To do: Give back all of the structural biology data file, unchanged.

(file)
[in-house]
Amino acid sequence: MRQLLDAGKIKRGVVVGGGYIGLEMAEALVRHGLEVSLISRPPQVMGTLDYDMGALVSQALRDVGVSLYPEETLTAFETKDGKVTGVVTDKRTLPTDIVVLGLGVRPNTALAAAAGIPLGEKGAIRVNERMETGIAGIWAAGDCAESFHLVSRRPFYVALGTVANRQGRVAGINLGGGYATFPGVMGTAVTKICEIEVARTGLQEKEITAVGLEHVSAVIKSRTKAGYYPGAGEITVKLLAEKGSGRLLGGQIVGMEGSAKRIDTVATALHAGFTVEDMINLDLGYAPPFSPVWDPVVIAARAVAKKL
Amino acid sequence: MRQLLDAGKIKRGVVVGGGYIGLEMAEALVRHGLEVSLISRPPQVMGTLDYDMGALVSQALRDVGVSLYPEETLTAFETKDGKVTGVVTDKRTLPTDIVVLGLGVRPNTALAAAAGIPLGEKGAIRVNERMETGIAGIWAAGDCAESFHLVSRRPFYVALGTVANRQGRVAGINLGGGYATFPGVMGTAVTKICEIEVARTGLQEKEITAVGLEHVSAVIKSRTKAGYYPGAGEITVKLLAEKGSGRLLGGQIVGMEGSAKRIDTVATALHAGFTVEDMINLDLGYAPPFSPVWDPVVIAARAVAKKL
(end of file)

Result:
[in-house]
Amino acid sequence: MRQLLDAGKIKRGVVVGGGYIGLEMAEALVRHGLEVSLISRPPQVMGTLDYDMGALVSQALRDVGVSLYPEETLTAFETKDGKVTGVVTDKRTLPTDIVVLGLGVRPNTALAAAAGIPLGEKGAIRVNERMETGIAGIWAAGDCAESFHLVSRRPFYVALGTVANRQGRVAGINLGGGYATFPGVMGTAVTKICEIEVARTGLQEKEITAVGLEHVSAVIKSRTKAGYYPGAGEITVKLLAEKGSGRLLGGQIVGMEGSAKRIDTVATALHAGFTVEDMINLDLGYAPPFSPVWDPVVIAARAVAKKL
Amino acid sequence: MRQLLDAGKIKRGVVVGGGYIGLEMAEALVRHGLEVSLISRPPQVMGTLDYDMGALVSQALRDVGVSLYPEETLTAFETKDGKVTGVVTDKRTLPTDIVVLGLGVRPNTALAAAAGIPLGEKGAIRVNERMETGIAGIWAAGDCAESFHLVSRRPFYVALGTVANRQGRVAGINLGGGYATFPGVMGTAVTKICEIEVARTGLQEKEITAVGLEHVSAVIKSRTKAGYYPGAGEITVKLLAEKGSGRLLGGQIVGMEGSAKRIDTVATALHAGFTVEDMINLDLGYAPPFSPVWDPVVIAARAVAKKL